Alicia Royer, who has been teaching science at Cypress Falls High School for 30 years, said she was surprised to see Cy-Fair ISD Trustee Natalie Blasingame request the removal of 13 chapters from a list of 25 textbooks the board was tasked to approve in May.

After a brief discussion that did not include input from teachers, the board approved Blasingame’s request in a 6-1 vote on May 6.

Royer filed a formal complaint against the board for violating a policy that states the board should rely on district personnel to select instructional material. At a June 13 board work session, she requested the board either reinstate all chapters approved by CFISD educators or reconvene the science instructional materials committee to discuss the content before making a final decision.

Some context

Royer said she volunteered to serve on the instructional materials committee that would review and select 2024-25 textbooks from a list that had already been approved by the State Board of Education.

“She took on the additional task of reviewing the instructional materials under the assumption that her input would be respected and valued. However, she filed this complaint because she feels like this school board did the exact opposite,” Kaylan Dixon Smith, an attorney with the Texas Classroom Teachers Association, said at the June 13 board work session.

Blasingame’s May 6 request included removing three chapters from an earth systems textbook Royer and her team had thoroughly reviewed in a months-long process to identify the best books for students.

Royer said Blasingame’s reasons for wanting to remove these chapters included a discussion of depopulation—which refers to the removal or reduction of population—and the United Nations. However, she said the term “depopulation” isn’t found anywhere in the material. It does include three small paragraphs referencing the United Nations establishing an “intergovernmental panel on climate change to provide policymakers with regular assessments.”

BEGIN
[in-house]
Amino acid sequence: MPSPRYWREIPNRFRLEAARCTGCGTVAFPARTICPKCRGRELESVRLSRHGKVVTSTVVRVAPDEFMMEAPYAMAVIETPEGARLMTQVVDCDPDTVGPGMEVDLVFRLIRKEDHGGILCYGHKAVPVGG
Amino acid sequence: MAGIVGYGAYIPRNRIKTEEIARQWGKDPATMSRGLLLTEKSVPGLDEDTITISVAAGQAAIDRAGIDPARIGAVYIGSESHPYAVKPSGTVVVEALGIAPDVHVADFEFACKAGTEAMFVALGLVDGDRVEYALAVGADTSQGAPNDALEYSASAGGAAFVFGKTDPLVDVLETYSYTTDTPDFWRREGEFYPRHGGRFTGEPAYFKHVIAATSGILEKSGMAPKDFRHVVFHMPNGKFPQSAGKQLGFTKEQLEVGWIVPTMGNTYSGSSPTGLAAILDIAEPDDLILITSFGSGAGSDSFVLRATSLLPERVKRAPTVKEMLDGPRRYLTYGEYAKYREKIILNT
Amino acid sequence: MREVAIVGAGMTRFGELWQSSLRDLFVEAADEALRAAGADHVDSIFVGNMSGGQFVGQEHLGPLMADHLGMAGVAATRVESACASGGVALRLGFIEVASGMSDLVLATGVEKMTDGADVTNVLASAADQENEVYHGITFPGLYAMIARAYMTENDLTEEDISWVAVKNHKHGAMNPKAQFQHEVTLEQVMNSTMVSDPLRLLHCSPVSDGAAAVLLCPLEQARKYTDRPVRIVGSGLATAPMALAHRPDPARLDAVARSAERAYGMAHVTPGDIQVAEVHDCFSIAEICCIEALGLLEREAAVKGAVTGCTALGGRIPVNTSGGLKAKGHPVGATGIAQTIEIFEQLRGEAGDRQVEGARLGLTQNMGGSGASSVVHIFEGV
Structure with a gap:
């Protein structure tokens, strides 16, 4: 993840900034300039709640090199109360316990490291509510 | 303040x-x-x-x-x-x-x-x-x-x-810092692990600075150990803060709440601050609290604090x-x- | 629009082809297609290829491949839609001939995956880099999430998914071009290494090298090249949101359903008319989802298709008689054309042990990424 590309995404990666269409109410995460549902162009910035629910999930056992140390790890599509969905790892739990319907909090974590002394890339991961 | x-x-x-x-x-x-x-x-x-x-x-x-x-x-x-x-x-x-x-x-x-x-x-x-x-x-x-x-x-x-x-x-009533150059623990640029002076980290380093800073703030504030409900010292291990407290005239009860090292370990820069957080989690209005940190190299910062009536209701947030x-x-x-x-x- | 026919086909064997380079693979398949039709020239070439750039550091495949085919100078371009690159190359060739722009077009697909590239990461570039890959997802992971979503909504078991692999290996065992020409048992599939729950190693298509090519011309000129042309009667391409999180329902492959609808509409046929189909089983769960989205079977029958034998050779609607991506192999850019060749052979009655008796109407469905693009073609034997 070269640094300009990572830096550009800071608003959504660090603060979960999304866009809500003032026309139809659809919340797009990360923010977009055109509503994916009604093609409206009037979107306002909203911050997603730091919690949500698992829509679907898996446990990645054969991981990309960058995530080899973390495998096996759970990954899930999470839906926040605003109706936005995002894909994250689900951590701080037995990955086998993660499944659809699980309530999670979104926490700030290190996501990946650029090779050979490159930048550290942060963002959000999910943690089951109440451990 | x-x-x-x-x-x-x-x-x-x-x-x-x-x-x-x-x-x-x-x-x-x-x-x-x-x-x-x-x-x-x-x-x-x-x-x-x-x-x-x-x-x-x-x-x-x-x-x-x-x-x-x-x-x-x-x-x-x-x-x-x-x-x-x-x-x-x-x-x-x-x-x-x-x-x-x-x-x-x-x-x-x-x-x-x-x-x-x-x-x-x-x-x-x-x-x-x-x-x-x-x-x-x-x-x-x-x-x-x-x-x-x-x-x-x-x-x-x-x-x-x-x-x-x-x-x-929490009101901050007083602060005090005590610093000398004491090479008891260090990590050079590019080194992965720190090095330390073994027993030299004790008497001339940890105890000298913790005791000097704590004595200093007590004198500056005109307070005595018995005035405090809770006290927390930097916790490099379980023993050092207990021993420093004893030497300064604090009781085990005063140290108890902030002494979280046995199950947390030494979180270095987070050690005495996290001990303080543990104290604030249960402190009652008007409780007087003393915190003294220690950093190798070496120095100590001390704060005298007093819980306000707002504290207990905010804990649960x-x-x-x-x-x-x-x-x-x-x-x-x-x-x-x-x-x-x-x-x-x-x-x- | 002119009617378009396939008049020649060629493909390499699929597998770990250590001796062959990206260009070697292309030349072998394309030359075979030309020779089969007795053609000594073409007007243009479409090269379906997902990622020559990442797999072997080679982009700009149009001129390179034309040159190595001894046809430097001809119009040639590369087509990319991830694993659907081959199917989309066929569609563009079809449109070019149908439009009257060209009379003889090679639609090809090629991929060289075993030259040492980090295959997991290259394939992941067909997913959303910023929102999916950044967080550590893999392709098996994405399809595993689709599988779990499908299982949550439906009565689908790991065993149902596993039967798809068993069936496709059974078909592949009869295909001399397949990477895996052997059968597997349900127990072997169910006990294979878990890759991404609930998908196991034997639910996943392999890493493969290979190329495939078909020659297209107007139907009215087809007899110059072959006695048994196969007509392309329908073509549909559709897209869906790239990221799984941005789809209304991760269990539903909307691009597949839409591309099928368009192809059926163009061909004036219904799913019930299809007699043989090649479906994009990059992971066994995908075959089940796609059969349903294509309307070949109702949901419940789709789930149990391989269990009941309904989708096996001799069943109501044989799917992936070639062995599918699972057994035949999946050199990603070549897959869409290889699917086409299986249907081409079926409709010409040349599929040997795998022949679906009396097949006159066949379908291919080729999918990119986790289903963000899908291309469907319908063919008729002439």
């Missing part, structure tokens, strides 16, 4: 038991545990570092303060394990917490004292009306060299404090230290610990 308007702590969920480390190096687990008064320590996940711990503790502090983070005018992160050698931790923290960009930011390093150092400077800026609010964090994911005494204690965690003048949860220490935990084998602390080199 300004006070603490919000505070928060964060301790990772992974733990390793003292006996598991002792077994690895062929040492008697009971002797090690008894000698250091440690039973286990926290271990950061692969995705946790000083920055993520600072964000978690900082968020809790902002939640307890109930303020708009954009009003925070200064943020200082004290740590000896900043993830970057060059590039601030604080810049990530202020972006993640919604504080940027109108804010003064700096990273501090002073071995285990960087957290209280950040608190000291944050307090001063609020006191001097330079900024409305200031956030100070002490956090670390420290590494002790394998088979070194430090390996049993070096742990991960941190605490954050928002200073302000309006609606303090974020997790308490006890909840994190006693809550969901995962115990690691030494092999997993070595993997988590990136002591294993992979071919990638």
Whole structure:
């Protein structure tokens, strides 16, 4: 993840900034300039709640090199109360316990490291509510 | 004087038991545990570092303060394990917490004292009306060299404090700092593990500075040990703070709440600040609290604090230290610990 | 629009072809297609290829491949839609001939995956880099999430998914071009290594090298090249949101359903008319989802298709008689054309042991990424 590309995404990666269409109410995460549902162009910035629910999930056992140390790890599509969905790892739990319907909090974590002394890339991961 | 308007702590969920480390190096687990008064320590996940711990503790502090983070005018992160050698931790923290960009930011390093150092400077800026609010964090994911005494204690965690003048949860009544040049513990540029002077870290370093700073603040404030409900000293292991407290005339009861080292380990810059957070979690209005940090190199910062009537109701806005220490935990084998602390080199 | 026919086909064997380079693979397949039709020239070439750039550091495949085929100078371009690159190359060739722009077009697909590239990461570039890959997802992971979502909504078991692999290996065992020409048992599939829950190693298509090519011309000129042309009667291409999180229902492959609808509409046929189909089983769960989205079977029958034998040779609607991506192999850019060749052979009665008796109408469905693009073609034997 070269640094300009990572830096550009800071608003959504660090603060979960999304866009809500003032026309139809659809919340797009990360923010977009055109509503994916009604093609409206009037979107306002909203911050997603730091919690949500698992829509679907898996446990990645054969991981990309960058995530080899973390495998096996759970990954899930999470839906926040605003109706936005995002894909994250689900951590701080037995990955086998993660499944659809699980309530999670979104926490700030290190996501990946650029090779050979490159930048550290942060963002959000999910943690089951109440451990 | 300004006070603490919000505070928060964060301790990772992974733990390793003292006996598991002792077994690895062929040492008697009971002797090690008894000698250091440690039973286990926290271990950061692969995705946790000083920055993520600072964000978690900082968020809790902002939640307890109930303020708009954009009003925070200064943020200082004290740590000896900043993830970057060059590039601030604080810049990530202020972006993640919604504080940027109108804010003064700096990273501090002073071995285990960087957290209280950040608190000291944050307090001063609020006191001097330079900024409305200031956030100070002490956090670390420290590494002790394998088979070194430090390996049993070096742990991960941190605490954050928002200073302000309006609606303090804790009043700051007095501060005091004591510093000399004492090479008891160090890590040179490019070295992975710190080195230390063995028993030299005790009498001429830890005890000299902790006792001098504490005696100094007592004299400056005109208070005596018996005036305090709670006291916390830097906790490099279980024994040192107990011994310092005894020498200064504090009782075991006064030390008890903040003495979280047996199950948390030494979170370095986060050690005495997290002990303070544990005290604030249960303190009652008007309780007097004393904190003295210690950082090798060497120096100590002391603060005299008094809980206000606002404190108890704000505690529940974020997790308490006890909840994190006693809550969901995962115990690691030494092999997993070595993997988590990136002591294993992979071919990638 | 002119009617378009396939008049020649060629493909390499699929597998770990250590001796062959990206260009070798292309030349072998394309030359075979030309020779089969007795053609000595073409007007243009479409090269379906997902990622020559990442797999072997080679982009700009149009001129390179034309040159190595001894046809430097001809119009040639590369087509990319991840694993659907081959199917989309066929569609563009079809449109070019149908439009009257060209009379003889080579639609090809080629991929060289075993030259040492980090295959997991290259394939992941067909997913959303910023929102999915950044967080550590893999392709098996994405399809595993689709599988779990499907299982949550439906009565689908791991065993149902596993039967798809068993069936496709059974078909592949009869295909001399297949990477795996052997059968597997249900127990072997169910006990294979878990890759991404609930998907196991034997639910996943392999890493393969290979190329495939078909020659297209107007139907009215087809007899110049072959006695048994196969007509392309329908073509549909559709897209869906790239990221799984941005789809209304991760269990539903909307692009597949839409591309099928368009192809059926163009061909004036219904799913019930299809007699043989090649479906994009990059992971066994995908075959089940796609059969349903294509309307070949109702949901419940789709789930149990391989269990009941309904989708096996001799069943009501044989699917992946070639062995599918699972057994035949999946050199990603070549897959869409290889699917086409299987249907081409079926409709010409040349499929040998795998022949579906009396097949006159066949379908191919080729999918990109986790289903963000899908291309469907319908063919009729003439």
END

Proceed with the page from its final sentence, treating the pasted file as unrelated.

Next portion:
Chief Academic Officer Linda Macias said per the textbook publishers’ policies, the district cannot remove excerpts from the books, but they can block students from accessing individual chapters.

Despite removing these chapters from students’ textbooks, CFISD educators will still teach concepts outlined in the Texas Essential Knowledge and Skills, the state curriculum standards, which students are tested on each year.

With the textbook approval on hold, Royer said some teachers have had to pause curriculum writing efforts for the 2024-25 school year, putting them behind schedule.

What they’re saying

As part of serving on the instructional materials committee, Royer said participants had to sign paperwork pledging to be neutral and keep their personal biases out of the review process. She did not hear concerns about topics covered during this process, she said.

At the work session, Blasingame highlighted a handful of areas that concerned her.

“‘Global warming will affect precipitation and snow melt; cause extreme weather; alter biodiversity; melt arctic sea ice and glaciers; add to the acidification of the oceans; and cause sea level rise,’” Blasingame read from the textbook June 13. “Is that true? Where’s the data? Where was the reference?”

Macias confirmed analyzing global ocean temperature data to predict the consequences is required teaching, per the TEKS.

Trustee Todd LeCompte questioned Royer about vaccine information being included in biology textbooks, which falls outside her purview since she teaches earth systems.